Exposition Art Blog: Seascapes Ivan Aivazovsky

Seascapes Ivan Aivazovsky

One of the most fascinating and richly talented artists of the past two centuries was undoubtedly the Armenian-Russian painter Ivan Aivazovsky. Ethnically an Armenian, he was born the city of Feodosiya which was then a part of the Russian Empire. Today Feodosiya is a port city in the Crimean Ukraine.
Although Aivazovsky was born in 1817 into a poor family, his father did an amazing job of providing him with a high quality education, teaching him to speak several languages fluently. The young Aivazovsky also showed extraordinary artistic potential from an early age, which proved to be his ticket to a future life of wealth and fame as one of Europe’s most brilliant artists.Aivazovsky earned a seat in the Simferopol gymnasium No. 1. His most important training came in Russia’s St. Petersburg Academy of Arts – his raw talent was his payment for a first-class education.

Ivan Aivazovsky is by far most known for painting magnificent seascapes, and is considered to be among the best in this category, perhaps “the best” all of history. Fully half of all his life works, which were many, depict ocean scenes with ships, magnificent sunsets, cloudscapes, ships and waves.
This talent earned him a huge amount of work from the Russian Navy. For them he painted numerous images of the sea and ships – a commission which would keep his income flowing and earn him many important connections with powerful people.

Aivazovsky was able to travel widely in his long life of 82 years. One of the most significant locations for him would be Istanbul in modern-day Turkey. There he received a number of commissions from the Sultans of the Ottoman Empire. Many of his paintings are still on display today in the magnificent palaces of the former Ottoman rulers.His association with the Ottoman Turks would prove to be one of the most painful associations of his life considering that he was Armenian, and that his ethnic group suffered a horrific and violent purge at the hands of the Turks near the end of the 19th Century.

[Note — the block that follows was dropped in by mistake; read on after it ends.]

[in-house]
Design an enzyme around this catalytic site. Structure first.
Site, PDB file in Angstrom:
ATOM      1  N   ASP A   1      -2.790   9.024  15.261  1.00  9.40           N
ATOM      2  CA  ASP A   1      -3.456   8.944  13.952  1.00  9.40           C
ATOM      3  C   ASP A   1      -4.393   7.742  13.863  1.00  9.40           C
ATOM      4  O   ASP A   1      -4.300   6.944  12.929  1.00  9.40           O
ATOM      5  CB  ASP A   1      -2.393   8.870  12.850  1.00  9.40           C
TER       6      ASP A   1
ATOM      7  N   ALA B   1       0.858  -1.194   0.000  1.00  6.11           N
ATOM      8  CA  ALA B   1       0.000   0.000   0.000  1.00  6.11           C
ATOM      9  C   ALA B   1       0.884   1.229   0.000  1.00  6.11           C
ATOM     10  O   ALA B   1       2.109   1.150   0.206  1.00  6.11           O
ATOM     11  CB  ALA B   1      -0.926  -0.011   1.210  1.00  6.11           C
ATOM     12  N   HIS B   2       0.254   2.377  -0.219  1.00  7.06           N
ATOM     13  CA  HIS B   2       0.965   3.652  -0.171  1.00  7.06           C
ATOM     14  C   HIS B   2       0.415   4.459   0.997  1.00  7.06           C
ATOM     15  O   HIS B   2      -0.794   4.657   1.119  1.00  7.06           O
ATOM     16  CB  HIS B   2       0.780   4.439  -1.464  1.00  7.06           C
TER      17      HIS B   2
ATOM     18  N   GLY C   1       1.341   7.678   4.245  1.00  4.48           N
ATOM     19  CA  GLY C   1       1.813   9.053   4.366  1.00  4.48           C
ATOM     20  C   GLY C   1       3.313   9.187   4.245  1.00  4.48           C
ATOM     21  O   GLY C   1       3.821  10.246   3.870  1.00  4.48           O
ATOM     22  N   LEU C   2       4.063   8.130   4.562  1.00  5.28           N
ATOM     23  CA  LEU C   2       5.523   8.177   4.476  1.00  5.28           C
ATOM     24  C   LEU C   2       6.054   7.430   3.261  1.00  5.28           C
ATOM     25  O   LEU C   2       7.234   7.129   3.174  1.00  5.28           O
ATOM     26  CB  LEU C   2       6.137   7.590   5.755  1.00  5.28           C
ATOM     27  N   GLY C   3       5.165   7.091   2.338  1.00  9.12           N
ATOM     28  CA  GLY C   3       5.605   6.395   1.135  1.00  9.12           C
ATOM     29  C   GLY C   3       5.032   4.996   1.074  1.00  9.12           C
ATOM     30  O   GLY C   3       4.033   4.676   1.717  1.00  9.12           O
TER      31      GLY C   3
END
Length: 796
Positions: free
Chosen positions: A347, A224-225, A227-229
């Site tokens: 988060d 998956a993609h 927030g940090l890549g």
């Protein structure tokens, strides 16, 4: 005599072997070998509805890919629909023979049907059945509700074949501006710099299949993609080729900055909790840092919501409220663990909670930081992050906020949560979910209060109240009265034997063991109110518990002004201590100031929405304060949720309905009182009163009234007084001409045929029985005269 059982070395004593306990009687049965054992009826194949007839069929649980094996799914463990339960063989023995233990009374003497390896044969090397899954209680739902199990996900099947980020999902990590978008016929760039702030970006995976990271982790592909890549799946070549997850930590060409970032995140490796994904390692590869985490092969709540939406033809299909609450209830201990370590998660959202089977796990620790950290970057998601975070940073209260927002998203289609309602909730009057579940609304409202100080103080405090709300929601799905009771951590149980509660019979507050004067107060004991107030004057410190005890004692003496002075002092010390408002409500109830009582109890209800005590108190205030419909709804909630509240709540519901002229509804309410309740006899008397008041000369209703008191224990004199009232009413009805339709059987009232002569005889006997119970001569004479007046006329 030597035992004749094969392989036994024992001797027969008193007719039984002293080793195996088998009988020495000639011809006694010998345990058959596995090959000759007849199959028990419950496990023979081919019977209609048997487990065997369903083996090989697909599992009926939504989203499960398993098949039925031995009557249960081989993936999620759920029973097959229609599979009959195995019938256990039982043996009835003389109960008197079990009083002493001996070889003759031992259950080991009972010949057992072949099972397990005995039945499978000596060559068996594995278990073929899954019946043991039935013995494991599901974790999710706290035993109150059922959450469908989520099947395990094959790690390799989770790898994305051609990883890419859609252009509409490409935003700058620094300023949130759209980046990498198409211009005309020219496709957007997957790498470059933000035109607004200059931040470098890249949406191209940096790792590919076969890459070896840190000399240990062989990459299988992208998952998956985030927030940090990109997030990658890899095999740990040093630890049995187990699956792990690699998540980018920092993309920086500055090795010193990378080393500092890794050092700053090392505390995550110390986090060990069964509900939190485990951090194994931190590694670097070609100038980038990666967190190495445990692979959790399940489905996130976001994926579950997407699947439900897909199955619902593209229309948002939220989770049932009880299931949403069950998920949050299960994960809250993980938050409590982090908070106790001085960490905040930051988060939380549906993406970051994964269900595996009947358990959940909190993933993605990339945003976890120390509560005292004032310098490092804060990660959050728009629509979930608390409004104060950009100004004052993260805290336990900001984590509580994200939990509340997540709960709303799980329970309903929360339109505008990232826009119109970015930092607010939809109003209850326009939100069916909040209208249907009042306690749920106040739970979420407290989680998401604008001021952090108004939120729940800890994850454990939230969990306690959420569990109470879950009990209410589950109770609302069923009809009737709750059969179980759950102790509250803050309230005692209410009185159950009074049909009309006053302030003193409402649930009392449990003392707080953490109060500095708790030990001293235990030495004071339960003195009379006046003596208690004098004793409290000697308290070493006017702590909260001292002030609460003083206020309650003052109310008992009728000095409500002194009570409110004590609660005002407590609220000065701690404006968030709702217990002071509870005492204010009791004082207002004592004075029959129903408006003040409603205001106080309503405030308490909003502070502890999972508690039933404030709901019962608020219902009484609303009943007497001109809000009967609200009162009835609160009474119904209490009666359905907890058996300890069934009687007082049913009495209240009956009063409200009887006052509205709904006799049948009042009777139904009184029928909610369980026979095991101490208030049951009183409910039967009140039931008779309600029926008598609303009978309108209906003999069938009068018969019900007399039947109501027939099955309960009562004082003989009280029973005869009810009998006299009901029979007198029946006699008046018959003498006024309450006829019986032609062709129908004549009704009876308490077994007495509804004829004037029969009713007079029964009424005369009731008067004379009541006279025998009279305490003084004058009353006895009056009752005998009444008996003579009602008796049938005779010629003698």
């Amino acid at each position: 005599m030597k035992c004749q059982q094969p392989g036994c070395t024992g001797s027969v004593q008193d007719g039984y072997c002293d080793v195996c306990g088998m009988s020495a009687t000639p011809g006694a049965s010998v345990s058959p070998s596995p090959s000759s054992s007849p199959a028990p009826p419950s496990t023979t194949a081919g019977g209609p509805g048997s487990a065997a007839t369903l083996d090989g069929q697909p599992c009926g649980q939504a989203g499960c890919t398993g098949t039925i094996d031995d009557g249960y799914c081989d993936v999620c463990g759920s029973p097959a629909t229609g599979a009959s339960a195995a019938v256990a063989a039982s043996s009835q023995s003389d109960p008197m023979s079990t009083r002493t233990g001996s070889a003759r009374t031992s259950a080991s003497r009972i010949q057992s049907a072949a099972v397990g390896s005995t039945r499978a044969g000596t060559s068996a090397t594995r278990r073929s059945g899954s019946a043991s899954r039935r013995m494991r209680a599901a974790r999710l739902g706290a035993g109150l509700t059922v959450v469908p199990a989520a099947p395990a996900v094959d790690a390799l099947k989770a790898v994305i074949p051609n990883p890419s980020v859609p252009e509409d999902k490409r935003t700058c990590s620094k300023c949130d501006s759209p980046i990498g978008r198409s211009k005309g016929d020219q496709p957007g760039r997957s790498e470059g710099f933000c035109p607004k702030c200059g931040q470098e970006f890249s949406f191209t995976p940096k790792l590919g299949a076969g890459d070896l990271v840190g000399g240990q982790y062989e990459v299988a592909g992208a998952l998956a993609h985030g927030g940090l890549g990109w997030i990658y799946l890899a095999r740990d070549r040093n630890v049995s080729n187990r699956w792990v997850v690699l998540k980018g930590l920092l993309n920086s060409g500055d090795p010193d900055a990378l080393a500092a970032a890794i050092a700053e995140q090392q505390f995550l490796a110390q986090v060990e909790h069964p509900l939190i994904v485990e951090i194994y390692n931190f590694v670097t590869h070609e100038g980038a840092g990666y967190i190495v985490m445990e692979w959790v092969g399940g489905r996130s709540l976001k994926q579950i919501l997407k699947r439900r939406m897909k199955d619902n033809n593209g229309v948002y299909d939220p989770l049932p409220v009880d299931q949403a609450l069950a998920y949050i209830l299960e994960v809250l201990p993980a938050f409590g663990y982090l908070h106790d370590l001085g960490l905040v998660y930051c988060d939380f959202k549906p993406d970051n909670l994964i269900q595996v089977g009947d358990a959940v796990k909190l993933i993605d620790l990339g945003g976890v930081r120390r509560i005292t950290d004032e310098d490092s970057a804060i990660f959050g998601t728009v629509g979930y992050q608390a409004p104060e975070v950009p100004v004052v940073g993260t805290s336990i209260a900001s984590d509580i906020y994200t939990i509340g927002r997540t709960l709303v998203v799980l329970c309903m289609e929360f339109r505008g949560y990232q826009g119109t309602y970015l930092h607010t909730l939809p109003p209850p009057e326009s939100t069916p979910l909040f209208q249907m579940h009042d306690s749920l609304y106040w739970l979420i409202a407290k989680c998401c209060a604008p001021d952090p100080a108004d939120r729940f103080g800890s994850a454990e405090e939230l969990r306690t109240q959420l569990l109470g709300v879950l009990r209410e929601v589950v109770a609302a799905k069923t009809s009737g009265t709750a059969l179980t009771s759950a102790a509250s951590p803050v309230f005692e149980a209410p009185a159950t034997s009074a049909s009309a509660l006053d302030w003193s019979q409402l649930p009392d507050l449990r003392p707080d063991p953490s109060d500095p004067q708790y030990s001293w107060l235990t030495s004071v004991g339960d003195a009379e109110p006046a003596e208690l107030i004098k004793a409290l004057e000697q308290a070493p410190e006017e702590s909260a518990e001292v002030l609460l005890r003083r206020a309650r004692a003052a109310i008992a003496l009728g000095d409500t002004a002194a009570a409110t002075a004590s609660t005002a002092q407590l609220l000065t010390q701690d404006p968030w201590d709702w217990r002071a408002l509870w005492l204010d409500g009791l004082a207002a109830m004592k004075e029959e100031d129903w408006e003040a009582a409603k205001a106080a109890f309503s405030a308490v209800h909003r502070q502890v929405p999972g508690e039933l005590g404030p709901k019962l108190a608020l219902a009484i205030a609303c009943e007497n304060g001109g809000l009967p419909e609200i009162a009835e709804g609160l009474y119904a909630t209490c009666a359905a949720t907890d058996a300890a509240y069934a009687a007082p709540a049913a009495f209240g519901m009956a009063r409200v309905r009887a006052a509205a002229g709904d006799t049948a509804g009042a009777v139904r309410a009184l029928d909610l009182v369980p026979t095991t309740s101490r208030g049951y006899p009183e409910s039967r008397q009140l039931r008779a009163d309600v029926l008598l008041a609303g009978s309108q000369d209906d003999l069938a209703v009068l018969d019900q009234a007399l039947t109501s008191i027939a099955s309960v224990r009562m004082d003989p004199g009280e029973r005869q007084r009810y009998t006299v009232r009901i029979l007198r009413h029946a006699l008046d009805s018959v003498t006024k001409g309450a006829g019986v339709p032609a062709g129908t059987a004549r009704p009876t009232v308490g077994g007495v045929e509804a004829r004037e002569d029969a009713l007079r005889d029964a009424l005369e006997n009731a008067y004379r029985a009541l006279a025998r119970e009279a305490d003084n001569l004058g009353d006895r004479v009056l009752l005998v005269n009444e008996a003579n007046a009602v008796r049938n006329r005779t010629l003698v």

Ivan Aivazovsky’s paintings are noted for their magnificent use of light against waves and sea foam, which still causes art critics to marvel at his eye, skills and temporal insights. Most of his paintings were of coastal scenes which were imbued with a richly romantic flair. He not only ingeniously incorporated sunlight interacting with sea waves, but also moonlight, fire, clouds, mists and fogs.
Other favorite subject matters for Aivazovsky were scenes of the Ukrainian countryside featuring the work and activities of peasants and small rural towns. He also painted rural scenes in the outlying areas of Istanbul.
Despite his almost universally recognized and accepted genius, some art critics have complained that Aivazovsky did not vary his themes enough, and that many of his seascapes could appear repetitive, especially after one views hundreds of them. He has also been called melodramatic and perhaps given (www.totallyhistory.com)

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